March Madness: 16 Sweet Ideas

When we think March Madness, we almost instantly envision filling-out a bracket sheet (or maybe 3). But the NCAA tournement also provides good sampling opportunities for CBS and non-CBS stations alike.  Here are 16 "Sweet" ideas to consider...

1. Stream: if you're a CBS station locked into covering a hoops game, and breaking news or weather strikes (but doesn't quite meet the threshold of cutting-in to the tourney), have a quick-turn plan in place to go live on the website and mobile device.

2. Push: use mobile push notifications to alert people to any streaming news or weather coverage you might be providing during games

3. Non-CBS Advantage: knowing your competition is "stuck" in a game, don't hesitate to go all-in on breaking or weather coverage 

4. Men: yep, more of them will be flowing in and out of your CBS station sample during the tournement; don't over-produce for them, but certainly push pace, highly-visual stories, etc.

5. Women: on the other hand, non-CBS stations will get some extra female eyeballs; a good time to visit your female switchable checklist

6. No Confusion: now with TruTV, TNT, and TBS picking-up many of the games, if you're a CBS-affiliate, be sure you have a very clear schedule of where and when to watch posted online; mention this on-air often; consider push alert reminders too, especially for the bigger contests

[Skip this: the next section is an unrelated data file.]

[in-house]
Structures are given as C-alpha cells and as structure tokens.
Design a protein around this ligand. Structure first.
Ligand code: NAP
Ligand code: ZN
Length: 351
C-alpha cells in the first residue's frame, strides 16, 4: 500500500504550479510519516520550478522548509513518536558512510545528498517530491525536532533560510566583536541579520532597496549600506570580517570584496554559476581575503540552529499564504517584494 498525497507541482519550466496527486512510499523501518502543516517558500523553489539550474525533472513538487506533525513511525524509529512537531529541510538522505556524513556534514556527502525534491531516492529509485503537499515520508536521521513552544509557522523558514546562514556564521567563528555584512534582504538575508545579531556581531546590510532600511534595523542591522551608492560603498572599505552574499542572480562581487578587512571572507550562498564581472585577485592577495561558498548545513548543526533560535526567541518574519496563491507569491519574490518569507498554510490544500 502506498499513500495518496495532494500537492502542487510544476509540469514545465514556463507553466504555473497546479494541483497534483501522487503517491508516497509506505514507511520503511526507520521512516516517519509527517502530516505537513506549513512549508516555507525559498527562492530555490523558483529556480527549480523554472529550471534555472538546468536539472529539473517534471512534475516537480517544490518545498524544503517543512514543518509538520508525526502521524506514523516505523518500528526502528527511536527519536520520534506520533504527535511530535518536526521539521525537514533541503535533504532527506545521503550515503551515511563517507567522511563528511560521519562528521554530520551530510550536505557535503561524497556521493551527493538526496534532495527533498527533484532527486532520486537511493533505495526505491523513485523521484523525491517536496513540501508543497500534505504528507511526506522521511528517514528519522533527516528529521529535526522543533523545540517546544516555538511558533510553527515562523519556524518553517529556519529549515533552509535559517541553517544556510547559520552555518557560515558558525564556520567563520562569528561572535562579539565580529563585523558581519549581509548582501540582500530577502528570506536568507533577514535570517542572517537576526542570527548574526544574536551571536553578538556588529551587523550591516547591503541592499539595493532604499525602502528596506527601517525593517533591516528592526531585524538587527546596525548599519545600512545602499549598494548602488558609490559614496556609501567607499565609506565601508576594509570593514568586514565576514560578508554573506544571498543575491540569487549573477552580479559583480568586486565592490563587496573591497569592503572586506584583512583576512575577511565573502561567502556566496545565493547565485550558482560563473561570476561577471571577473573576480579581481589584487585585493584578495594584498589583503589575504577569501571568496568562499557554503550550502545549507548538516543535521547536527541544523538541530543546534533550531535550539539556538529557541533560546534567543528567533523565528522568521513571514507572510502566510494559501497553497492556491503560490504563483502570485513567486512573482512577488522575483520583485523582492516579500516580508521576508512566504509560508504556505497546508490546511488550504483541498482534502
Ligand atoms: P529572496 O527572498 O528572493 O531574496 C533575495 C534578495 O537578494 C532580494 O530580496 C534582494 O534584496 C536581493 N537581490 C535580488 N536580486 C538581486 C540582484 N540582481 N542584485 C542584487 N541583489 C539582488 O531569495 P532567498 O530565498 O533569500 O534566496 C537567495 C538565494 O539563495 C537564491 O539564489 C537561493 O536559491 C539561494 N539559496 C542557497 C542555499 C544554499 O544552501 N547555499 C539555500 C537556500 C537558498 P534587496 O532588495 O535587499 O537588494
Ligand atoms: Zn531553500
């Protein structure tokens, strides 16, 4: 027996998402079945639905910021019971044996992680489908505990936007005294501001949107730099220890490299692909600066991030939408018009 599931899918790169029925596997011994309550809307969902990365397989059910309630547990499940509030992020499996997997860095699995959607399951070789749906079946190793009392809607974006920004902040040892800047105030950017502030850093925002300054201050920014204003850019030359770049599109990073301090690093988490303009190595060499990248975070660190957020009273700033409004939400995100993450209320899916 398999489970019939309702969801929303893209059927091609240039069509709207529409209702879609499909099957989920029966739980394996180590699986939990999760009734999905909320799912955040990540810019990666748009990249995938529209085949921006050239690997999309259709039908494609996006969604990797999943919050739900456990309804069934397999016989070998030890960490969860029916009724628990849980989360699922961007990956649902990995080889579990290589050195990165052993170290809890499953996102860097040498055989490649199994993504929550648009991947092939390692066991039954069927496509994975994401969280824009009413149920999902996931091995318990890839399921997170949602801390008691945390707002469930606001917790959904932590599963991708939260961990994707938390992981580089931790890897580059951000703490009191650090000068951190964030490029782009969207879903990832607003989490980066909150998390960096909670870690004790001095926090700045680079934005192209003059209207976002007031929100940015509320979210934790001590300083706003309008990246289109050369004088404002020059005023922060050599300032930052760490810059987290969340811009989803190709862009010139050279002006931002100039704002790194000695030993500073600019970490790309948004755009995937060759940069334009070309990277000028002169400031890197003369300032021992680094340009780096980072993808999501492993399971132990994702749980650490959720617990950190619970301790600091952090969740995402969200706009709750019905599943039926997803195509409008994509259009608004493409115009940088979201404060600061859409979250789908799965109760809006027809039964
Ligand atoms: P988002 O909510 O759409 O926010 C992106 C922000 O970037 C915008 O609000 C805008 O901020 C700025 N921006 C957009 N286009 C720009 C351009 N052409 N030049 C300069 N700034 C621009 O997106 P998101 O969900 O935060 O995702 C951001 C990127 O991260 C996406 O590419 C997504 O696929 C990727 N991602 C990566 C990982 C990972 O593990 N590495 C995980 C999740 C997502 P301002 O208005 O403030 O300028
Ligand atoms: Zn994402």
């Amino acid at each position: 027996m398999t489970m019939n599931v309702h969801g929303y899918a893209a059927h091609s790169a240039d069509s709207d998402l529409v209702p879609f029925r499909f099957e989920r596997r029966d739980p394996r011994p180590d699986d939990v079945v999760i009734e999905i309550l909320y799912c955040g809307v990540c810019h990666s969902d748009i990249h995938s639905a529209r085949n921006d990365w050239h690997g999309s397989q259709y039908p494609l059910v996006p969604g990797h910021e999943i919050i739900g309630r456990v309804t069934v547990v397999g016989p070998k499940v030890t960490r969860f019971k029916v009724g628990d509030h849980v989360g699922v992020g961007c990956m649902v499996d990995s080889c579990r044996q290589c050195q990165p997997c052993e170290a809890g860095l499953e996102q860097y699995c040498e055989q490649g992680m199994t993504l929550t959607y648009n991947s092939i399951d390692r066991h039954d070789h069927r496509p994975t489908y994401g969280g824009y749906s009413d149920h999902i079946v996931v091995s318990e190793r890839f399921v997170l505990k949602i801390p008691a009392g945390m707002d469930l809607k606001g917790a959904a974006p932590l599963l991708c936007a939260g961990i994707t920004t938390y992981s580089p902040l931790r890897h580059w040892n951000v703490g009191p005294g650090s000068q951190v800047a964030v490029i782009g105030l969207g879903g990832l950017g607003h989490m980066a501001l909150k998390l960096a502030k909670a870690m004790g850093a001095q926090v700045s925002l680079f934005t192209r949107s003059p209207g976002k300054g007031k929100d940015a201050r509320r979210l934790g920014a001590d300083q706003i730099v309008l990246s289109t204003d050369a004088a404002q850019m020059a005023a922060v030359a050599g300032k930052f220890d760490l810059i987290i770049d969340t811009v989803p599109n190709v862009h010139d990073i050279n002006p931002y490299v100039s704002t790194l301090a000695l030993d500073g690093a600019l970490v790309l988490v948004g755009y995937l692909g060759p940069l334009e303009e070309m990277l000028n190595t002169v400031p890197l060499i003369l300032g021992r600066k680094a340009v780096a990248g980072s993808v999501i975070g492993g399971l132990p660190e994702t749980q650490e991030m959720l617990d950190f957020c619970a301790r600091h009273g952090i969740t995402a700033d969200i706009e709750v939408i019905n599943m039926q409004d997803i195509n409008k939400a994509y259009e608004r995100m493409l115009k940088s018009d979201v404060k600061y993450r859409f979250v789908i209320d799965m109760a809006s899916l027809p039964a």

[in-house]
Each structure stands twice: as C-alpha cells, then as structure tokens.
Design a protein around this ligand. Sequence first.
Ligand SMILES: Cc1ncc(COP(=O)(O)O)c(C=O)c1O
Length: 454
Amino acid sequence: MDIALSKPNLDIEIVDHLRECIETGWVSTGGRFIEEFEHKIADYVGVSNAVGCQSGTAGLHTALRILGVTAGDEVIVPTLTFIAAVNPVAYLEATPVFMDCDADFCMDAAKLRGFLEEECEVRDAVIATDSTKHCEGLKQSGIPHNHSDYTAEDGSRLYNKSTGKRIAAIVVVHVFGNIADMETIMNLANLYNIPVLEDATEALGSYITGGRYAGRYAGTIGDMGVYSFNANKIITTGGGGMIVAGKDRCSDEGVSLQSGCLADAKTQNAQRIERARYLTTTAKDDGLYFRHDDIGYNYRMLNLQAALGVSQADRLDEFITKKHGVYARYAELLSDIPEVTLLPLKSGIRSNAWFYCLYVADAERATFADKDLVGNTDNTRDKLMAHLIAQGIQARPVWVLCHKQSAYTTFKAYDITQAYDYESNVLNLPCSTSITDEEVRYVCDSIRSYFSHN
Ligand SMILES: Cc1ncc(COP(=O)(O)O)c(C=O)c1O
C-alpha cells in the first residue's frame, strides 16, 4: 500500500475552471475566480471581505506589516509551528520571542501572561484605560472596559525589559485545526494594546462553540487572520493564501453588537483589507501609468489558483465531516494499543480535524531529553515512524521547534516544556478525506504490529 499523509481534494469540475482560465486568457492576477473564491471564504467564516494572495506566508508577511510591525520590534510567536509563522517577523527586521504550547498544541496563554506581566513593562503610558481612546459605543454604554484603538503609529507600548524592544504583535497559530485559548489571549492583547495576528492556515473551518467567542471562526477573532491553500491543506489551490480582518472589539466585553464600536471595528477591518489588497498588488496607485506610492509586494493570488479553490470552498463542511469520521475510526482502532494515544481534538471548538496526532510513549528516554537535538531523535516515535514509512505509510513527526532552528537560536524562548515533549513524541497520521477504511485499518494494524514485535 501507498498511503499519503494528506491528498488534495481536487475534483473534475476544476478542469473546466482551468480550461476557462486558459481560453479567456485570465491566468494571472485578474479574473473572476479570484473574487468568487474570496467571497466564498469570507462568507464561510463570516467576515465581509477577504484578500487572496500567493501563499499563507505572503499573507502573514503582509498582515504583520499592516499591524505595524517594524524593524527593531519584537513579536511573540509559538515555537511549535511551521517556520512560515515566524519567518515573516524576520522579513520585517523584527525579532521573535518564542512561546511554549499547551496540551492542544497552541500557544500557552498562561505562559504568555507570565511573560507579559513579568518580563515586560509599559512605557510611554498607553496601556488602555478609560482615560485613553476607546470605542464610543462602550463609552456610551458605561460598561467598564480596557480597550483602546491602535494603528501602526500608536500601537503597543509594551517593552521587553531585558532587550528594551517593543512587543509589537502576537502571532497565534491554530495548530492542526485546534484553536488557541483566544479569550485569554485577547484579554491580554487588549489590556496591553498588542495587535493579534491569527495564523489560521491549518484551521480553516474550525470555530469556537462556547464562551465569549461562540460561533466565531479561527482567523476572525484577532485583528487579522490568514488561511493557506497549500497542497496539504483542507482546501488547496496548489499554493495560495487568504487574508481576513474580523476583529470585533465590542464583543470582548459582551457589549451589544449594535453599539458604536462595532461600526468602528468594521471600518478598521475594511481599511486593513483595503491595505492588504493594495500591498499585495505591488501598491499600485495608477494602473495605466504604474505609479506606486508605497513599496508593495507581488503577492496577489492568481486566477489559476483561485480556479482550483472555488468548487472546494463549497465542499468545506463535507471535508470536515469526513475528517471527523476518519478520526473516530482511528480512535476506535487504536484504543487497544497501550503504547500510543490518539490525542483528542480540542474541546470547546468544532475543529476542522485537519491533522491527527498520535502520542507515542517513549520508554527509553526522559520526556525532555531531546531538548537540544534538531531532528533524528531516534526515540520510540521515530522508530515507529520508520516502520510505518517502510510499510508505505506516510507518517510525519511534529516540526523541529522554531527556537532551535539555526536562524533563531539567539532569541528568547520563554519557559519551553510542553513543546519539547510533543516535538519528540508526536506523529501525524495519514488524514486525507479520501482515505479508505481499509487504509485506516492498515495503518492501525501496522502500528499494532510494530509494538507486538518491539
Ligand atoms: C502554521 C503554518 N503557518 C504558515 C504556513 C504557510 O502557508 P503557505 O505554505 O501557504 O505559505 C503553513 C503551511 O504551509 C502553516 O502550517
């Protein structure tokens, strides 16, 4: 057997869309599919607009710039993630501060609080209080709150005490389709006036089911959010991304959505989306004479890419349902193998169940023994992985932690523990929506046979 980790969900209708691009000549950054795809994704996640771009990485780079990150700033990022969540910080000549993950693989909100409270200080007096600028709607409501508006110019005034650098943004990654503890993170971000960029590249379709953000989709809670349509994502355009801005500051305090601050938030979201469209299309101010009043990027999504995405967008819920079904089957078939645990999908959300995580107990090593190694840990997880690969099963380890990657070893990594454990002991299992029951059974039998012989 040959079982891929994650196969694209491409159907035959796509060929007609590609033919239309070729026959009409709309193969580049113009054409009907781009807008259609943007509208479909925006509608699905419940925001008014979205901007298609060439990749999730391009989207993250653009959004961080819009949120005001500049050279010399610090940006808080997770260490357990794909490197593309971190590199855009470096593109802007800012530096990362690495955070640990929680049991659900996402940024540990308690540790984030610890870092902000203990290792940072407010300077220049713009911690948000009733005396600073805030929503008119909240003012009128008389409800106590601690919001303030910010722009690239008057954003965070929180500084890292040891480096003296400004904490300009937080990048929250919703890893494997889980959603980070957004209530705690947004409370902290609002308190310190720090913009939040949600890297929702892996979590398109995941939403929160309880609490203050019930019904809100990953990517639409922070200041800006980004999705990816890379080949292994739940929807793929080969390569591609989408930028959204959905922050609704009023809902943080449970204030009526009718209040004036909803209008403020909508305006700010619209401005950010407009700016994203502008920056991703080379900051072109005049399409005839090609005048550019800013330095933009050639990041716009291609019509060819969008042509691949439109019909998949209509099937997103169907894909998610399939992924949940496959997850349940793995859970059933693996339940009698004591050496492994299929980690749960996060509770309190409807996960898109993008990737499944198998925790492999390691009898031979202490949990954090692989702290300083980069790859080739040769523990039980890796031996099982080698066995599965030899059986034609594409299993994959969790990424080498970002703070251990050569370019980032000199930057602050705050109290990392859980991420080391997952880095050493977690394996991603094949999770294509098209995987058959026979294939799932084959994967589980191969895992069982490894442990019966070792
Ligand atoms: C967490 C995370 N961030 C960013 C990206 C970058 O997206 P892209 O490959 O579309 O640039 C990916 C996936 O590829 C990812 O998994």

7. Team Passion: if one or more teams competing is from your market, consider a promo like this one from WRC in Washington DC

8. Don't Ignore: even if you're not a CBS station, root for your local teams on-air, and on social media by staying involved in the Twitter conversation

9. Launch: certainly a good time of year to launch a new campaign given the extra eyeballs (maybe a spring weather spot)

10. Stock-Up: with some local news premptions (although not as many as when all the games were on CBS), use the "free" time to stock-up on HFR pieces for April and May

11. Tourney Towns: CBS station or not, it's big news if your market is hosting part of the tournement; cover it as a news story (and all of the related angles), not a sports story

12. Highlights: be very careful with extended recaps of games; by the time the news comes on, most people are well-aware how their team(s) performed (especially by the next morning)

13. Top Play: but it doesn't hurt to show the top play of the day/night

14. Contesting: if you're gonna do it, this is a good time to launch a watch and win, especially if the prize involves tickets or something sports-related

15. Anchor Brackets: post the brackets from your anchors online or socially, ask people to comment; keep score of which anchor is winning

16. Social Face-Off: consider a fun contest with an affiliate in another state, seeing which affiliate can gain more likes or shares with a NCAA rivalry badge.

Here's a link to a very early schedule of coverage for your planning purposes.

Contact your SmithGeiger consultant with any questions.  And good luck with those brackets!